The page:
Sunday, May 27, 2007

Athiti Devo Bhava in Delhi

I have been travelling to Delhi quite frequently for past 10 years and I have seen it go through some welcome changes over the years unlike other cities like Mumbai and Bangalore which have been going downhill . City looks cleaner and converting large fleet of public buses, taxis and autos to run on CNG has made city's air breathable. Metro rail is a showpiece of new modern India. Roads are wider, even though traffic remains chaotic but that is more to do with our indian driving sense and unwillingness to follow rules than anything else. City is gearing for 2010's common wealth games and government's ambition is to transform Delhi to a "worldclass city" by then. But cities are not defined by thier physical attributes alone. Cities are about its people.

On a recent visit to Delhi, I noticed every taxi and autorickshaw displaying "athiti Devo Bhava" sticker. "Guest is like God" goes the ancient indian time honoured custom but like many of our culture's lofty traditions , this one also remains but a phantom from the past. It means nothing. It is one thing to force (by ministry of tourism) taxis and autos to use these stickers on thier vehicles, but what happens in reality is a starkly different story. Delhi's taxi and autowallahs represents to a large extent what Delhi is about. These guys are rude, unfriendly, foul mouthed and have scant respect or regard for any rule. They blatantly refuse to take pessengers, overcharge them almost everytime and never use electronic meters. Their meters are always broken. You have to haggle with them about rates if they agree to take you to your destination depending upon their mood. And this is regardless of wheather you are a native of city or an outsider. In fact if you are a tourist and insist on using the meter and meter starts working miraculously, be assured that you will be driven all around the city even if your destination was few streets away. Even in case of prepaid taxis, it is not unusual for driver to demand a tip from passenger as if by driving safely he has done a great service to the passenger. The old "bakshish" syndrome in a new avatar. One can imagine what foreigner tourists must go through in Delhi. Their travails start very much at airport when they are swarmed by dozens of touts.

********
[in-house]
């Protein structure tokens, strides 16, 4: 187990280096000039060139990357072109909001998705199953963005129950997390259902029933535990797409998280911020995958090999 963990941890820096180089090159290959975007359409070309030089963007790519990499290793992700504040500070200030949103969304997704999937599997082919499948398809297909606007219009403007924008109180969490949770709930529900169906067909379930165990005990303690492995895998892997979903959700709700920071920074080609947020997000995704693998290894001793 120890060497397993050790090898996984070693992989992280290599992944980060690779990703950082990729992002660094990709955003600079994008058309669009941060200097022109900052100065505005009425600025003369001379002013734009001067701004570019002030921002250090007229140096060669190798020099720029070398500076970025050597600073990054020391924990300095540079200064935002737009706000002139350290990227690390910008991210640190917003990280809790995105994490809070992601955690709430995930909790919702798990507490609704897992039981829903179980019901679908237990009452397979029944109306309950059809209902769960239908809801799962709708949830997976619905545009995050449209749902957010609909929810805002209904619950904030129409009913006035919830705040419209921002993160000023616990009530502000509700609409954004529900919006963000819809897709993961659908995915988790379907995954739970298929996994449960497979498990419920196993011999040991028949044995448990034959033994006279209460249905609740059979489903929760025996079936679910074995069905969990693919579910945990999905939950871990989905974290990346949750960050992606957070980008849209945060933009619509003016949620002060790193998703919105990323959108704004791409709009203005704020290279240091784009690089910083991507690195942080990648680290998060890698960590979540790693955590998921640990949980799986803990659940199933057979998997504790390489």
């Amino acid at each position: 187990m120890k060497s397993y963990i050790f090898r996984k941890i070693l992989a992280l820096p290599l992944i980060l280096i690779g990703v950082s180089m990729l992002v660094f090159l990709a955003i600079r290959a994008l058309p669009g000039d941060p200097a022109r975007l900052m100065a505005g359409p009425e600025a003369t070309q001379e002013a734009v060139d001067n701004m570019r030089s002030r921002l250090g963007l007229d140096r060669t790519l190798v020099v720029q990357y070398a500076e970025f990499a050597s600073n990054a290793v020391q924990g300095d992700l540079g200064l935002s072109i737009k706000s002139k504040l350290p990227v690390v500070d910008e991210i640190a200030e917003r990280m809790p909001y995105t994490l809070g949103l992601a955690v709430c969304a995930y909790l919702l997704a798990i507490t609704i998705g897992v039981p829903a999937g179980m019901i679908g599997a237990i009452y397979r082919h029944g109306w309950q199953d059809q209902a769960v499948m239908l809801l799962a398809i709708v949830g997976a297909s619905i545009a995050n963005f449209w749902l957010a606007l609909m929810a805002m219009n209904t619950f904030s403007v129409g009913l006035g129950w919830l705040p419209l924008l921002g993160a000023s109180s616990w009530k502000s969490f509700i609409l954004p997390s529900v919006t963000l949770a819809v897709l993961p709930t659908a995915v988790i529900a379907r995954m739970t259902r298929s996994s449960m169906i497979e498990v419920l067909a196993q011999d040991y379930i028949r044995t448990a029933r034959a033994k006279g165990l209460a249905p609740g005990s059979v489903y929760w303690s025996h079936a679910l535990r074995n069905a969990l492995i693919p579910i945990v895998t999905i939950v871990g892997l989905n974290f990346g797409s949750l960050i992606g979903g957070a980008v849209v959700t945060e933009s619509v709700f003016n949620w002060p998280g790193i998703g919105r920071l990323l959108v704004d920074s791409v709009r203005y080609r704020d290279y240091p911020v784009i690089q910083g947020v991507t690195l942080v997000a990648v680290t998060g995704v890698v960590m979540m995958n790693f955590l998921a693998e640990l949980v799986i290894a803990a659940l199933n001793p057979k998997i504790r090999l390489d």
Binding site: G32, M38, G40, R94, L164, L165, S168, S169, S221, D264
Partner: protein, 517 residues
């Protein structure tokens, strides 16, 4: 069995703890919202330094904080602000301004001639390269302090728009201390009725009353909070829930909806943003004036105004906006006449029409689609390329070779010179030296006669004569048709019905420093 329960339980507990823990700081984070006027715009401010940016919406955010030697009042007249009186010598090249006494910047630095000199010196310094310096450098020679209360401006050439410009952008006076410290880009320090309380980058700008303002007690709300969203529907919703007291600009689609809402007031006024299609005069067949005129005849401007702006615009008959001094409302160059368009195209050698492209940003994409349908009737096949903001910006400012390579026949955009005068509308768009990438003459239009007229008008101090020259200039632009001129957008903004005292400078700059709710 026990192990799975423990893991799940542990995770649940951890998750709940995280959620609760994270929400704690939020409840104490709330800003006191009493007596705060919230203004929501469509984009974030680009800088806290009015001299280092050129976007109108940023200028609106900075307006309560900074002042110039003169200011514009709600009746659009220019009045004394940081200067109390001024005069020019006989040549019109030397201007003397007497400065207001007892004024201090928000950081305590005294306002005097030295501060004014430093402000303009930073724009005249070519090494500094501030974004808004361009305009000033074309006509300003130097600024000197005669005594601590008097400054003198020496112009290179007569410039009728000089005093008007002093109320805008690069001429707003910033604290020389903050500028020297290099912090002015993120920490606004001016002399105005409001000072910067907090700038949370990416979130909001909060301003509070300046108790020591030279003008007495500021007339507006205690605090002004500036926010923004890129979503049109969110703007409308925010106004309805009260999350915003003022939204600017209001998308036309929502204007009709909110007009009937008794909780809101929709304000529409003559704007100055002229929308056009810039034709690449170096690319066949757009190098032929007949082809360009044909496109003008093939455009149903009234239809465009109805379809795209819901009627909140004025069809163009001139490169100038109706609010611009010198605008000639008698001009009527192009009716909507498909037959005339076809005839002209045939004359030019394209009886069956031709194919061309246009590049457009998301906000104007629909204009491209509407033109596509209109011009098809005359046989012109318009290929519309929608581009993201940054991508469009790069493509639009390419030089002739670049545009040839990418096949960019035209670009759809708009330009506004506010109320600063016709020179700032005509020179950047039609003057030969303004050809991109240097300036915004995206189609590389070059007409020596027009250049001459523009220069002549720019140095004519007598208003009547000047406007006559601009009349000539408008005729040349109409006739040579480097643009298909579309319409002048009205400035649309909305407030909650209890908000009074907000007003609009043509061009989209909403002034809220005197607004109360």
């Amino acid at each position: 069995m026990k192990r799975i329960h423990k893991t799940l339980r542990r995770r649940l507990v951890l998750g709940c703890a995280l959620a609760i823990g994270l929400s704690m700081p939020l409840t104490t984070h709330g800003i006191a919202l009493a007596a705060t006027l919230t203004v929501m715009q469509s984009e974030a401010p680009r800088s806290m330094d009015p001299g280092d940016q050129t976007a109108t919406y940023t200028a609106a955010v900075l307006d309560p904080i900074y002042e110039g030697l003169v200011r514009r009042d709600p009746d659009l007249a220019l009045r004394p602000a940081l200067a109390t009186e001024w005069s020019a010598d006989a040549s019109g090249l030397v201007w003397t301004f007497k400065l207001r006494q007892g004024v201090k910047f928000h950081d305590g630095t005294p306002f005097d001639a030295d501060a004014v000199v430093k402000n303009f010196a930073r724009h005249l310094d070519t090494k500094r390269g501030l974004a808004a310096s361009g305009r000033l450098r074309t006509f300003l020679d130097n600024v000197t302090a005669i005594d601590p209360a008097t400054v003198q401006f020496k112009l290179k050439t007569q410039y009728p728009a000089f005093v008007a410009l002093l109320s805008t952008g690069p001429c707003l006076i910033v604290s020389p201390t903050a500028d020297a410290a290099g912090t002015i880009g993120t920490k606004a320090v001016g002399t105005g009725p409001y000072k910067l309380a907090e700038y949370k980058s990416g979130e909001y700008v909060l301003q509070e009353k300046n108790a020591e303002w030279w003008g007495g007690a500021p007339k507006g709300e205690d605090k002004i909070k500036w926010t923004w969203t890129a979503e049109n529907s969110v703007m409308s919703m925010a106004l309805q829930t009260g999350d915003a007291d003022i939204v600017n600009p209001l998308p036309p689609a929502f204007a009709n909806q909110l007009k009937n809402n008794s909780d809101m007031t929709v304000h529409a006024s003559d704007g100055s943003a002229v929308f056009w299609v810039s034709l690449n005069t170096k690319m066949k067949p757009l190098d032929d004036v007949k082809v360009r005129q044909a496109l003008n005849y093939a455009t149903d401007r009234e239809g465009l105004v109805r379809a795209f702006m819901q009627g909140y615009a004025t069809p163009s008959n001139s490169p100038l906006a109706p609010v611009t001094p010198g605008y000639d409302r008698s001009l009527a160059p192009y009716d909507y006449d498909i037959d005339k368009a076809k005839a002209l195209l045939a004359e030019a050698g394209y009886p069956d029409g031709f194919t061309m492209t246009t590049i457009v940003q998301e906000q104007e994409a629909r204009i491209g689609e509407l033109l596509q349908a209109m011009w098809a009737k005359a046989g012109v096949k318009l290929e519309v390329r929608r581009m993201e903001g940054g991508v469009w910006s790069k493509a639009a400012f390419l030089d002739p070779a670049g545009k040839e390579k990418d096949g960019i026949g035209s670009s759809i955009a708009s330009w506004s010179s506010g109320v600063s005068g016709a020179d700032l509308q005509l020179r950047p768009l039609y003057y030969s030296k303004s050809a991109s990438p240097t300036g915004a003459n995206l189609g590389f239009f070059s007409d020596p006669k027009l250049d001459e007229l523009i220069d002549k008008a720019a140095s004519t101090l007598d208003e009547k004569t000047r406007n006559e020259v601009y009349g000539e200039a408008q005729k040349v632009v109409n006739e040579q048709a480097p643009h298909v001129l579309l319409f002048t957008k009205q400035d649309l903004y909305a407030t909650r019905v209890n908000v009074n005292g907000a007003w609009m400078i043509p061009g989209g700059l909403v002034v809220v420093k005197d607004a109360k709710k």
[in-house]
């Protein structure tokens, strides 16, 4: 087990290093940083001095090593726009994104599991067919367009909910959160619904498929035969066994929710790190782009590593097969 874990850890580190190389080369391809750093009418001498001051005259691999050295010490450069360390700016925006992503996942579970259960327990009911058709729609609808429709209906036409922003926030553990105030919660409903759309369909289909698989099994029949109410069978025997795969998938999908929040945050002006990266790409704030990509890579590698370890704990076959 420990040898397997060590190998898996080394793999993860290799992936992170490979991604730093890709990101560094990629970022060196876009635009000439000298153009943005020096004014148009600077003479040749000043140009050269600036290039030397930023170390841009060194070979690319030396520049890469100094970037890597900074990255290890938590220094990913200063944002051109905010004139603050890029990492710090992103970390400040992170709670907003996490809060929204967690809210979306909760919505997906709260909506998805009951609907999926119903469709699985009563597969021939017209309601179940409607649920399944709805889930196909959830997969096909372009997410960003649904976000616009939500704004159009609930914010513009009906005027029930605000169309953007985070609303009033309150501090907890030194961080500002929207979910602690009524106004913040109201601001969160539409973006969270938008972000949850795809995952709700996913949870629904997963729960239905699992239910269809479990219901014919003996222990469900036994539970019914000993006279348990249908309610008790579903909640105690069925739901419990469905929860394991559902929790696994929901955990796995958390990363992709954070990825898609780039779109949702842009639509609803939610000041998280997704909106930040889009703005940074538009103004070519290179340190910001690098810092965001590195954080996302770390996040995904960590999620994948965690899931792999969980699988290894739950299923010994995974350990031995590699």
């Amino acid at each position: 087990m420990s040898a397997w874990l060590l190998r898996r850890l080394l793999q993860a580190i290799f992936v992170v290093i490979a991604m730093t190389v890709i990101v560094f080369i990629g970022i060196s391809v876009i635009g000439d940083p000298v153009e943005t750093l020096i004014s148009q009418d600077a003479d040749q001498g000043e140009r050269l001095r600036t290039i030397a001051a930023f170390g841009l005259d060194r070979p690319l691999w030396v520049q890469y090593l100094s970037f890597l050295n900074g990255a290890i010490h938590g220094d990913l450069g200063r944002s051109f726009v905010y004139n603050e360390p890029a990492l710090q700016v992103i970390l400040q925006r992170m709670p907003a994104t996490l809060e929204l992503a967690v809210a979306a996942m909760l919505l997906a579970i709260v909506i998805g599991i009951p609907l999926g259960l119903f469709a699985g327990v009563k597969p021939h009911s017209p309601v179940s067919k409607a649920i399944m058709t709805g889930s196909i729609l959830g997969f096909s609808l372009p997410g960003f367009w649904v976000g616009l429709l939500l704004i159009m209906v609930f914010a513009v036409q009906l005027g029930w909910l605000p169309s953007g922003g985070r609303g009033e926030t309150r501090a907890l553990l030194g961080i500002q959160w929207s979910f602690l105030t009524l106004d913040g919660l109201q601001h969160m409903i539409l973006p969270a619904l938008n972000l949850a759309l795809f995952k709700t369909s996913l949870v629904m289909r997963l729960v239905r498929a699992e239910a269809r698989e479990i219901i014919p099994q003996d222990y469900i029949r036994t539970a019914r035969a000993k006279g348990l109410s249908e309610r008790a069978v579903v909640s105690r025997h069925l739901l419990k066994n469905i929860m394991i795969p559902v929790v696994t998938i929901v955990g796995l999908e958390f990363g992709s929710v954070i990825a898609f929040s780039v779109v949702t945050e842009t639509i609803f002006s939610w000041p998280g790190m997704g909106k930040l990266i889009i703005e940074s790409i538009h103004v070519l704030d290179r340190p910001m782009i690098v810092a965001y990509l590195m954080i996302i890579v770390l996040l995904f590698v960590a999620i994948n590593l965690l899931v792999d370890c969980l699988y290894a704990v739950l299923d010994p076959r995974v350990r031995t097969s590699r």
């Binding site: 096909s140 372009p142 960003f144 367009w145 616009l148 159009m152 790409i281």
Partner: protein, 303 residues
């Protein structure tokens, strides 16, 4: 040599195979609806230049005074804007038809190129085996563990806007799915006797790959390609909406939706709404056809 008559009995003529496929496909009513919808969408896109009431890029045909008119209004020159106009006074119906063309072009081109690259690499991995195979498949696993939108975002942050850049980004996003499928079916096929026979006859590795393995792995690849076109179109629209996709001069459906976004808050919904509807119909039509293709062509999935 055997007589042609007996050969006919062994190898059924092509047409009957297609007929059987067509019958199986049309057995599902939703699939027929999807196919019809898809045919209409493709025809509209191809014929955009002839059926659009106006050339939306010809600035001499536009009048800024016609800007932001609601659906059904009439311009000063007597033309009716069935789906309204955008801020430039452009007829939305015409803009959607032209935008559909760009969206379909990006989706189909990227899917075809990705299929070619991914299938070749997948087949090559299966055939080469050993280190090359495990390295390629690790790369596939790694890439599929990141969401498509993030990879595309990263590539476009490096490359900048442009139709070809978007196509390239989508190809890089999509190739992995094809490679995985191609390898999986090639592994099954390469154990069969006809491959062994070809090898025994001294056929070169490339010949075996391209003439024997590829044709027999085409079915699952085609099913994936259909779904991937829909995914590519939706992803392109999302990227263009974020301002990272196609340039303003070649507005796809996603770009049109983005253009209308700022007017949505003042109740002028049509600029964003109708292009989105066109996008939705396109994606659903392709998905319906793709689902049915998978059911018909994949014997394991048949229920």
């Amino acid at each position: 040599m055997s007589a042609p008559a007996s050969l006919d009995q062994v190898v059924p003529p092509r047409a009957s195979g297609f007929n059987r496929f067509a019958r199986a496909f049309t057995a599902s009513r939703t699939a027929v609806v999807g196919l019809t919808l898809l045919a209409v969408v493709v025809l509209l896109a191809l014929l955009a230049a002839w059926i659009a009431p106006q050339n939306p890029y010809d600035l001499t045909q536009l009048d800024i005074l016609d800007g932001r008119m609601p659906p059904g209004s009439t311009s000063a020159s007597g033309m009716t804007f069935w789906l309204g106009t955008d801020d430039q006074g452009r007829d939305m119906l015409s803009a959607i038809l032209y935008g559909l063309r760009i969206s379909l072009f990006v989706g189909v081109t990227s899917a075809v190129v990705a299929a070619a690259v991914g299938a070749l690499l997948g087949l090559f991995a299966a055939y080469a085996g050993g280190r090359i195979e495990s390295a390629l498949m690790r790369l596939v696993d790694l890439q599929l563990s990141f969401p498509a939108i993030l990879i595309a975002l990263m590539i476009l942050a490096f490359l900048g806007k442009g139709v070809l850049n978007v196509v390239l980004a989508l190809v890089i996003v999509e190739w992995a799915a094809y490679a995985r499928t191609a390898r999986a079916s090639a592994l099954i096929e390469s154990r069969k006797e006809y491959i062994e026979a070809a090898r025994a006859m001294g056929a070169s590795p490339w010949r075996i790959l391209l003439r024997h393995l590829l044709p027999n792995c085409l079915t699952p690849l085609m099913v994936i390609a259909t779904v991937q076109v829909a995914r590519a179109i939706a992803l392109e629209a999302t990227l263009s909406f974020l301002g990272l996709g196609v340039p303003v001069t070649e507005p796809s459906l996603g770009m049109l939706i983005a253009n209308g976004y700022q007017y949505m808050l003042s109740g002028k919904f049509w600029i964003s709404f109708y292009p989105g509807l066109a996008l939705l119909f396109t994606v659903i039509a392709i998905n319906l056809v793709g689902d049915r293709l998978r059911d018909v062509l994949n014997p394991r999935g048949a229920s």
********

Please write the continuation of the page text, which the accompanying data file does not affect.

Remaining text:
On my first trip abroad to Germany many years ago, I took taxi from airport to a small town. taxi driver started talking to me im his halting english and when he learnt that I was from India, tuned to a hindi radio station aired from UK, chatted to me about India and almost told me history of town I was going to. I never felt like god but I still remember the ride and his pleasant demeanour. The point is that why must we pretend and elevate guests to pedestal of Gods when the fact is that guests to cities like Delhi can not even expect to be charged fairly for a simple taxi ride. We can not whitewash and hide the warts and ugly realities by merely sloganeering from our past.

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